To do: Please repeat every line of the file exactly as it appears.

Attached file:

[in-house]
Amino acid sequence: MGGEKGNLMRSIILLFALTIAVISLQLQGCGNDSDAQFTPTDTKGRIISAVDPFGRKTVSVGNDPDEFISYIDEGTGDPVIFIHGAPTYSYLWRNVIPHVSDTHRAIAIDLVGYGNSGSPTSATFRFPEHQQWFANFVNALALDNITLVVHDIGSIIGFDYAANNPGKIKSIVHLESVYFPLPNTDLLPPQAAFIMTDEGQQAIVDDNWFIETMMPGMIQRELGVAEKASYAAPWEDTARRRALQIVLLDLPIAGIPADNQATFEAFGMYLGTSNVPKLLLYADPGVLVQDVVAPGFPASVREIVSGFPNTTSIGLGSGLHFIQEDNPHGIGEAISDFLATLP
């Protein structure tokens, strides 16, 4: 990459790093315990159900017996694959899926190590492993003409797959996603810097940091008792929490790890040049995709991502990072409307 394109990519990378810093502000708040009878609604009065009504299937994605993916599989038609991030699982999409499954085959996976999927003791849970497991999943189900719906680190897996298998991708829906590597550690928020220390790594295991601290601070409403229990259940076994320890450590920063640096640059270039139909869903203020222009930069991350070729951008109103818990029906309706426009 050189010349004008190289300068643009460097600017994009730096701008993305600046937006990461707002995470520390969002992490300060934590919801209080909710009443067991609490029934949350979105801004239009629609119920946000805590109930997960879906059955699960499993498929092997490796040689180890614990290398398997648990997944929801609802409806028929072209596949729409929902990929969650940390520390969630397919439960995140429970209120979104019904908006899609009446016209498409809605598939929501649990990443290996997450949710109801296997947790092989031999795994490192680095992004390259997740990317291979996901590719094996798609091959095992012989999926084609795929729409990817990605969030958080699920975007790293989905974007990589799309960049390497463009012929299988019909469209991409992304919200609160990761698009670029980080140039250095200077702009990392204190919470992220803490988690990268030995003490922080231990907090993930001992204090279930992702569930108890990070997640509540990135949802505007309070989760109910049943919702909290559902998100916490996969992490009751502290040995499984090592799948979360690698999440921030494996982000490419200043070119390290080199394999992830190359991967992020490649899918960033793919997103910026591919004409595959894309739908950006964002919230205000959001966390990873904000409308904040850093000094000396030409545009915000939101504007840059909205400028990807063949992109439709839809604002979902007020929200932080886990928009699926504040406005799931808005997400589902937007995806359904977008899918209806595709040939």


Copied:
[in-house]
Amino acid sequence: MGGEKGNLMRSIILLFALTIAVISLQLQGCGNDSDAQFTPTDTKGRIISAVDPFGRKTVSVGNDPDEFISYIDEGTGDPVIFIHGAPTYSYLWRNVIPHVSDTHRAIAIDLVGYGNSGSPTSATFRFPEHQQWFANFVNALALDNITLVVHDIGSIIGFDYAANNPGKIKSIVHLESVYFPLPNTDLLPPQAAFIMTDEGQQAIVDDNWFIETMMPGMIQRELGVAEKASYAAPWEDTARRRALQIVLLDLPIAGIPADNQATFEAFGMYLGTSNVPKLLLYADPGVLVQDVVAPGFPASVREIVSGFPNTTSIGLGSGLHFIQEDNPHGIGEAISDFLATLP
């Protein structure tokens, strides 16, 4: 990459790093315990159900017996694959899926190590492993003409797959996603810097940091008792929490790890040049995709991502990072409307 394109990519990378810093502000708040009878609604009065009504299937994605993916599989038609991030699982999409499954085959996976999927003791849970497991999943189900719906680190897996298998991708829906590597550690928020220390790594295991601290601070409403229990259940076994320890450590920063640096640059270039139909869903203020222009930069991350070729951008109103818990029906309706426009 050189010349004008190289300068643009460097600017994009730096701008993305600046937006990461707002995470520390969002992490300060934590919801209080909710009443067991609490029934949350979105801004239009629609119920946000805590109930997960879906059955699960499993498929092997490796040689180890614990290398398997648990997944929801609802409806028929072209596949729409929902990929969650940390520390969630397919439960995140429970209120979104019904908006899609009446016209498409809605598939929501649990990443290996997450949710109801296997947790092989031999795994490192680095992004390259997740990317291979996901590719094996798609091959095992012989999926084609795929729409990817990605969030958080699920975007790293989905974007990589799309960049390497463009012929299988019909469209991409992304919200609160990761698009670029980080140039250095200077702009990392204190919470992220803490988690990268030995003490922080231990907090993930001992204090279930992702569930108890990070997640509540990135949802505007309070989760109910049943919702909290559902998100916490996969992490009751502290040995499984090592799948979360690698999440921030494996982000490419200043070119390290080199394999992830190359991967992020490649899918960033793919997103910026591919004409595959894309739908950006964002919230205000959001966390990873904000409308904040850093000094000396030409545009915000939101504007840059909205400028990807063949992109439709839809604002979902007020929200932080886990928009699926504040406005799931808005997400589902937007995806359904977008899918209806595709040939």